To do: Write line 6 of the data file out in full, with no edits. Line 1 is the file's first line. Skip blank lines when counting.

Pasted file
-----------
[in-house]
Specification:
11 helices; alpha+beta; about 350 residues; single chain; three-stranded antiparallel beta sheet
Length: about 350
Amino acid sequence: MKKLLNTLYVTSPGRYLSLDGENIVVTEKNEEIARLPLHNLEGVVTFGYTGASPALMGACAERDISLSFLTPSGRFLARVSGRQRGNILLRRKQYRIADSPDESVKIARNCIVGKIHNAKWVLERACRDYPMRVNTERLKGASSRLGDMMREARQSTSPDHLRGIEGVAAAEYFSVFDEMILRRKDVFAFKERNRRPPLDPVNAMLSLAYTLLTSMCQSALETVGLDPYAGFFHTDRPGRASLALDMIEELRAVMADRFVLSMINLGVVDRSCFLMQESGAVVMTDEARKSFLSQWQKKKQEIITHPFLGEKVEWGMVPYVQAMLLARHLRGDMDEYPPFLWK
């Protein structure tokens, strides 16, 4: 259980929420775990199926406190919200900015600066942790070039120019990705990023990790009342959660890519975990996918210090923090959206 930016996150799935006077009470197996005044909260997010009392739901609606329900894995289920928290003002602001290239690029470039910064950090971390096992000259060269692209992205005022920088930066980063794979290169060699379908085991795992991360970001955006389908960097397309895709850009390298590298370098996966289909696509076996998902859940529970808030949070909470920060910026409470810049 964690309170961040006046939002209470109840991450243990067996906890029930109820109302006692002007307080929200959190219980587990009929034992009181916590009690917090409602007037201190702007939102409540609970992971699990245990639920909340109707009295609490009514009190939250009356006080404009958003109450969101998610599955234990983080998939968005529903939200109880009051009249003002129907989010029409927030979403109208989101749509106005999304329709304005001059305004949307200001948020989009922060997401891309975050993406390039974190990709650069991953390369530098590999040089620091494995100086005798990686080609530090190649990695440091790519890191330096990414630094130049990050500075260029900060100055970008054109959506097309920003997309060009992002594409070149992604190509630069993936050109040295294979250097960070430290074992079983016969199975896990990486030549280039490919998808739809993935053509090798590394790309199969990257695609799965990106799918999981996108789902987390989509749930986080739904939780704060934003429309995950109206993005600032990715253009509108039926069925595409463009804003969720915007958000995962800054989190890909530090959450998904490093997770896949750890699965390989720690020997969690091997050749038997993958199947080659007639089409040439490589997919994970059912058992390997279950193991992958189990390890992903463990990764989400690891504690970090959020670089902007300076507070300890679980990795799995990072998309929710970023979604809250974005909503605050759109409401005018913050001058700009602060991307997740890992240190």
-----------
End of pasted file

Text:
């Protein structure tokens, strides 16, 4: 259980929420775990199926406190919200900015600066942790070039120019990705990023990790009342959660890519975990996918210090923090959206 930016996150799935006077009470197996005044909260997010009392739901609606329900894995289920928290003002602001290239690029470039910064950090971390096992000259060269692209992205005022920088930066980063794979290169060699379908085991795992991360970001955006389908960097397309895709850009390298590298370098996966289909696509076996998902859940529970808030949070909470920060910026409470810049 964690309170961040006046939002209470109840991450243990067996906890029930109820109302006692002007307080929200959190219980587990009929034992009181916590009690917090409602007037201190702007939102409540609970992971699990245990639920909340109707009295609490009514009190939250009356006080404009958003109450969101998610599955234990983080998939968005529903939200109880009051009249003002129907989010029409927030979403109208989101749509106005999304329709304005001059305004949307200001948020989009922060997401891309975050993406390039974190990709650069991953390369530098590999040089620091494995100086005798990686080609530090190649990695440091790519890191330096990414630094130049990050500075260029900060100055970008054109959506097309920003997309060009992002594409070149992604190509630069993936050109040295294979250097960070430290074992079983016969199975896990990486030549280039490919998808739809993935053509090798590394790309199969990257695609799965990106799918999981996108789902987390989509749930986080739904939780704060934003429309995950109206993005600032990715253009509108039926069925595409463009804003969720915007958000995962800054989190890909530090959450998904490093997770896949750890699965390989720690020997969690091997050749038997993958199947080659007639089409040439490589997919994970059912058992390997279950193991992958189990390890992903463990990764989400690891504690970090959020670089902007300076507070300890679980990795799995990072998309929710970023979604809250974005909503605050759109409401005018913050001058700009602060991307997740890992240190």